Too Sad with Spring Passing to Braid and Comb
- to the Tune of Huanxisha
Translated by Gordon Osing and Julia Min
Too sad with Spring passing to braid and comb,
too quick the night wind blowing the plum blooms,
too many the cloud wisps blurring the dim moon.
The cherry sachets and bed net cover my night ruins.
The censer is neglected, the jade duckling one, -
a cold spell broken only by golden rhinoceros' horn.
The consensus is that this ci was composed sometime before 1107, based on its emotional urgencies. It is sometimes titled "Boudoir Sentiments". The original text describes the lady abandoning her own ennui for an outer world, which appears to mirror them in insoluble ways. Finally she says only the fabled rhino's magic horn could dispel the gloom. The western Freud would, perhaps, find a thing or two to speculate about in that.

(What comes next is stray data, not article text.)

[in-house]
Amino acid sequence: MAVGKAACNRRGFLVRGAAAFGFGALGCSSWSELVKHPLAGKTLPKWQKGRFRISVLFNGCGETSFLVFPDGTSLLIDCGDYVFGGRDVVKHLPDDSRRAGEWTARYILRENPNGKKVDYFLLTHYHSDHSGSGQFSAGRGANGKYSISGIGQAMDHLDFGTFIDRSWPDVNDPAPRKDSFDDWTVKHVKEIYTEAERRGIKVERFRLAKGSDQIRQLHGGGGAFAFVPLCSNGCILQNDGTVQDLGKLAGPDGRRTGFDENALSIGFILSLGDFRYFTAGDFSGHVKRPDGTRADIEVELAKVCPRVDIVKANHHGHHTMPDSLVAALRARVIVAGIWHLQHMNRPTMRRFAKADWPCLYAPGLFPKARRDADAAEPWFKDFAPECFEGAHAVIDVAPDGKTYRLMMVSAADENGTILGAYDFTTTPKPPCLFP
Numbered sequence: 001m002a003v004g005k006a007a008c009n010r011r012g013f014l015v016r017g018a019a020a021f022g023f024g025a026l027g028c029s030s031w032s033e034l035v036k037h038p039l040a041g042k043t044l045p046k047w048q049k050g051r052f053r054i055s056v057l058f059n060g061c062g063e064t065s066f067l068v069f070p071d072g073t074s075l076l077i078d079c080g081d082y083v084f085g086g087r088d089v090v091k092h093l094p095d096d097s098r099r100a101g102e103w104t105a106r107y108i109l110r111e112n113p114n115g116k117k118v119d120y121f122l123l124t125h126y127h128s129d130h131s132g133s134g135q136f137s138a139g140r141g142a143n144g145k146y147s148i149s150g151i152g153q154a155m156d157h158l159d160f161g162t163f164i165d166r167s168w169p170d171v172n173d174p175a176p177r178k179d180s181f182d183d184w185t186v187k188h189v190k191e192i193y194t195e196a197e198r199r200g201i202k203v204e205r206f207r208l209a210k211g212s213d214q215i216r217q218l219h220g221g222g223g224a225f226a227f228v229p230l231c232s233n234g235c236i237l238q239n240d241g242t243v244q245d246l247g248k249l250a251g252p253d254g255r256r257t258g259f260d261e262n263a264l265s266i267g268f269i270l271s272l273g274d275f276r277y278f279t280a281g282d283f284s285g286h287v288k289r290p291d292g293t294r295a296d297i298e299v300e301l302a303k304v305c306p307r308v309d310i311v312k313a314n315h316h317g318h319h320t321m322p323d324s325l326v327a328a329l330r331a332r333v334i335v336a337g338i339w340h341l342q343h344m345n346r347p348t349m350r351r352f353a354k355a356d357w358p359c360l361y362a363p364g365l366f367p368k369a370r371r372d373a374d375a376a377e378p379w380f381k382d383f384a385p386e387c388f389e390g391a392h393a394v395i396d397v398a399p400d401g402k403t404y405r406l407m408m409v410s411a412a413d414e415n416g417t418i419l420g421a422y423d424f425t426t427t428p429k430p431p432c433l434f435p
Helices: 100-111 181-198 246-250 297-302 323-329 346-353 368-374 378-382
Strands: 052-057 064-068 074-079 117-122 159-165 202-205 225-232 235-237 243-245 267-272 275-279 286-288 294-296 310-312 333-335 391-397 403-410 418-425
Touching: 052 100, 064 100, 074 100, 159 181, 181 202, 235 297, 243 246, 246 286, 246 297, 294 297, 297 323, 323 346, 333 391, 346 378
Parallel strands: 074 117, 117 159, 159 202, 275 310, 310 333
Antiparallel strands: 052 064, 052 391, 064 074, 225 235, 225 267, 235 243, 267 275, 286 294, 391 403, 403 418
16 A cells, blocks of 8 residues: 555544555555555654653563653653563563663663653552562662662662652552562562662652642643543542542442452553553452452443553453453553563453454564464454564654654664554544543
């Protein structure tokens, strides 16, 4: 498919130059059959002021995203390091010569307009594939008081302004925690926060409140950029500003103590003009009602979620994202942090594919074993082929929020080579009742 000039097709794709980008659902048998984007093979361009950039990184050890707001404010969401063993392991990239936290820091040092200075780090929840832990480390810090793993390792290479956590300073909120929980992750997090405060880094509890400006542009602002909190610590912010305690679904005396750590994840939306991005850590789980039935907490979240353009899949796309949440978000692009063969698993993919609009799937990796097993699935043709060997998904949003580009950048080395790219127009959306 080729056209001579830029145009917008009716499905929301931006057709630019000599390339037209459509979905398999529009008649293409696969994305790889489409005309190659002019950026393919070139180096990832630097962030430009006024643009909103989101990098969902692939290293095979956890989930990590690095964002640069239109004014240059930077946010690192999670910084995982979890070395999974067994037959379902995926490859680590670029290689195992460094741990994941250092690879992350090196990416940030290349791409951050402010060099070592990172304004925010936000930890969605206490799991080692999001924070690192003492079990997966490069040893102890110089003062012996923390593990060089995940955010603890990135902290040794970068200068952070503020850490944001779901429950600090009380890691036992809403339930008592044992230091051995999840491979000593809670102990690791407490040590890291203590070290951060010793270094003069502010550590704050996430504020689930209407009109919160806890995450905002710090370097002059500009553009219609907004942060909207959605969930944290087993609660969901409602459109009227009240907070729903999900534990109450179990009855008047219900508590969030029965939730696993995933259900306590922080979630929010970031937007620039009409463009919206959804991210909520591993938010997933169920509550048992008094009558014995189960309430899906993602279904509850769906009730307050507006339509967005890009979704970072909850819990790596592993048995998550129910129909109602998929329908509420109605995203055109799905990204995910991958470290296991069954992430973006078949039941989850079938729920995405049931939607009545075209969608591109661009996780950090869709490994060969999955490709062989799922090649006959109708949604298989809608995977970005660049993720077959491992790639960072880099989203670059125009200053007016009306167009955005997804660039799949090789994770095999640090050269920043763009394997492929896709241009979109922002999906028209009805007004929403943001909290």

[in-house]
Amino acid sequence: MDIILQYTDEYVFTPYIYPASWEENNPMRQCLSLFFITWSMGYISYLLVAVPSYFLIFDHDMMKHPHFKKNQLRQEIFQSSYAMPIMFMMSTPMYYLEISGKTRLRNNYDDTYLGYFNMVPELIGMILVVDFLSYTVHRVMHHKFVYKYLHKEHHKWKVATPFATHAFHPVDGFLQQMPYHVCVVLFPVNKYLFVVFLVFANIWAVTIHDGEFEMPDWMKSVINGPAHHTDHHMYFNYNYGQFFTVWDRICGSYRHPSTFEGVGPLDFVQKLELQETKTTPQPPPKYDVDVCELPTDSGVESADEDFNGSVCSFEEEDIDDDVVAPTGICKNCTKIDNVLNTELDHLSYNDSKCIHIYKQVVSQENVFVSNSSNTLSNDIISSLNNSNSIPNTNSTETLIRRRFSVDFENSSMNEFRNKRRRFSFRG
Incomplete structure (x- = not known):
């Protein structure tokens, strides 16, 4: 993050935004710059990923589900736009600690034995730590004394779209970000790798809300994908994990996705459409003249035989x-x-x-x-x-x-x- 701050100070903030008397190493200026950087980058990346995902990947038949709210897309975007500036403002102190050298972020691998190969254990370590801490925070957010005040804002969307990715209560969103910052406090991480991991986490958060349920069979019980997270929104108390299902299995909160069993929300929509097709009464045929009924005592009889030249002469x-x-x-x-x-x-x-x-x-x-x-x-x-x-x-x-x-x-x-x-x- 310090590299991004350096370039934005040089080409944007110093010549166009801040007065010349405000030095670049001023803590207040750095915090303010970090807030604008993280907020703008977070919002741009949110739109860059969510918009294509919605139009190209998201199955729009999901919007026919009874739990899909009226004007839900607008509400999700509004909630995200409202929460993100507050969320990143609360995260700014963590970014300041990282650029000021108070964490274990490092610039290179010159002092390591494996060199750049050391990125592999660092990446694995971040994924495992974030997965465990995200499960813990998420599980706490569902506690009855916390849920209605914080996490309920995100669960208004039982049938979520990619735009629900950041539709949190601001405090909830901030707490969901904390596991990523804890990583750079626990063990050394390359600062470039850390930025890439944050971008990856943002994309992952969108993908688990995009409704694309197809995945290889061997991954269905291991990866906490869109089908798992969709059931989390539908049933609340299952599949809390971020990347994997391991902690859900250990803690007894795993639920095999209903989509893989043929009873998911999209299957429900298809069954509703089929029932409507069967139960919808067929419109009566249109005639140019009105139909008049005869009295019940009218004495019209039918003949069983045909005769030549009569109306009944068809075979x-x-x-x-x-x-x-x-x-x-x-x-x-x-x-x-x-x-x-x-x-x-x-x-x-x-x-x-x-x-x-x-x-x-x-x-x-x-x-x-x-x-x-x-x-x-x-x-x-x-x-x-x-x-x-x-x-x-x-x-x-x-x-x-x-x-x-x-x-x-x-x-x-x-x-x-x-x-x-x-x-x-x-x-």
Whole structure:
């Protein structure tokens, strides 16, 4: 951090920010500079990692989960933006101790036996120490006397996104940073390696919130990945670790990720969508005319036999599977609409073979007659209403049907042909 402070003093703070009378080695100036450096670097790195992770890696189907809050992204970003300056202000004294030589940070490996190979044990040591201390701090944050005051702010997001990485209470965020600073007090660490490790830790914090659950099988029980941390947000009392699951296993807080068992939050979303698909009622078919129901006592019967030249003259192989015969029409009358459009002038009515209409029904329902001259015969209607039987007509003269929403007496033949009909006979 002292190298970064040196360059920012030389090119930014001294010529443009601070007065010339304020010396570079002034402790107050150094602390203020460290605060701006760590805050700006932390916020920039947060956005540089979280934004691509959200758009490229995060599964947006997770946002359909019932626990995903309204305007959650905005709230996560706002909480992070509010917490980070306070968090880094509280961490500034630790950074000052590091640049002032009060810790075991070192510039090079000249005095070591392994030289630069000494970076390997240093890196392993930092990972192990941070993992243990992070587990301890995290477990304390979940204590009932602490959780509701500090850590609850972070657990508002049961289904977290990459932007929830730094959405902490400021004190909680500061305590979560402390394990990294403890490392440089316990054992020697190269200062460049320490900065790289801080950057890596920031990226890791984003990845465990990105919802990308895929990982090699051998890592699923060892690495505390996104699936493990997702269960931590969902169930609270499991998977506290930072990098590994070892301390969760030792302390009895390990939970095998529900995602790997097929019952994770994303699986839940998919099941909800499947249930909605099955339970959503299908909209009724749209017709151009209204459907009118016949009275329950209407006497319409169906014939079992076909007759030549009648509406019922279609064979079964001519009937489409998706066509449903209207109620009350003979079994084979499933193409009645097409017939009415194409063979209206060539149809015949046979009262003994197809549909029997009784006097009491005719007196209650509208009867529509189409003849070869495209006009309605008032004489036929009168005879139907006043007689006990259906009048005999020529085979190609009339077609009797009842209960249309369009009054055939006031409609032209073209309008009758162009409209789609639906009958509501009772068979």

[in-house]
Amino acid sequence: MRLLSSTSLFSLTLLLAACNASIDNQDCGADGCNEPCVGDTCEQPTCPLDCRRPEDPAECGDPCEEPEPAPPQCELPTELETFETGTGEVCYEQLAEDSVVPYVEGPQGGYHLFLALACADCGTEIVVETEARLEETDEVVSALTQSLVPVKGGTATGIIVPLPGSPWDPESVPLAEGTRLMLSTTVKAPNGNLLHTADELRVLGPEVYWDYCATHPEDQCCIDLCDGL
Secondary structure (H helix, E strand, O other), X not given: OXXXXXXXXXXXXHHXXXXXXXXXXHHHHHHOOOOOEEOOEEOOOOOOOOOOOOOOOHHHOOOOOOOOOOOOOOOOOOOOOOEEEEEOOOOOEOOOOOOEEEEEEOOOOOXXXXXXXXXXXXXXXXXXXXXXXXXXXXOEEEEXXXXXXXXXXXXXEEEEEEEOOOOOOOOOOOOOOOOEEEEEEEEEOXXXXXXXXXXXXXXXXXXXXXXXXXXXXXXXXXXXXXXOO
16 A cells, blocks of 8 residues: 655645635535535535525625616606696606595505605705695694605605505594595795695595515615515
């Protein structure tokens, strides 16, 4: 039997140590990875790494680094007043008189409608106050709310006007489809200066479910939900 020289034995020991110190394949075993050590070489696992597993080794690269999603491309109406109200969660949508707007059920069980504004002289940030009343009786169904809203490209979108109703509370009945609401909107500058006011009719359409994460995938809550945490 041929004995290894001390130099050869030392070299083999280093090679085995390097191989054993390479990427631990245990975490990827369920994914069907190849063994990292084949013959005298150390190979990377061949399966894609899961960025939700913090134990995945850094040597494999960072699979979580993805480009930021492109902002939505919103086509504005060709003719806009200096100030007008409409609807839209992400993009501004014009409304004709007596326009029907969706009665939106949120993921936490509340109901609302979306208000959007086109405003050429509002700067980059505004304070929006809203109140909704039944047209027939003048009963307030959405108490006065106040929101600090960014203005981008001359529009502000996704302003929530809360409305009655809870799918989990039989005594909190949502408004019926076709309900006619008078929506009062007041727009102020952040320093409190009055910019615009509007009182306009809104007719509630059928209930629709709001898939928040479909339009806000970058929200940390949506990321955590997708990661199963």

1. cherry sachet: red cherry, or heart-shaped pouch, used to hold fragrances, on hanging bed decorations.
2. bed net: the bed netting, hung over the usual frame over the bed, inverted, resembling the shape "dou" (斗ㄩ), also a unit of measure.
3. rhinoceros: a mythical horn, taken from an old story about Emperor Wen Di in the Sui Dynasty. When the Emperor received as a gift the golden horn of a rhino, his chambers immediately warmed and all expressed wonder. Later, the great scholar of Chinese medicine Li Shi-zhen propounded that the horn of a golden rhinoceros can drive away a chilly spell, meaning "Only in fable is there an end to this spell" .
The Source Text in Chinese:
Pinying and Word -For-Word Translation:
huàn xī shā – the musical tune;
jì zǐ shāng chūn yōng gèng shū - hair coil sad for spring lazy to comb,
wǎn fēng tíng yuàn luò méi chū - evening wind courtyard fall plum blossom begin.
dàn yún lái wǎng yuè shū shū - thin clouds come go moon dim dim.
yù yā xūn lú xián ruì nǎo - jade duck-shaped burner left aside/unused incense,
zhū yīng dòu zhàng yǎn liú sū - red cherry mosquito net covers liusu.
yí xī hái jiě pì hán wú - the rhinoceros could know drive away cold?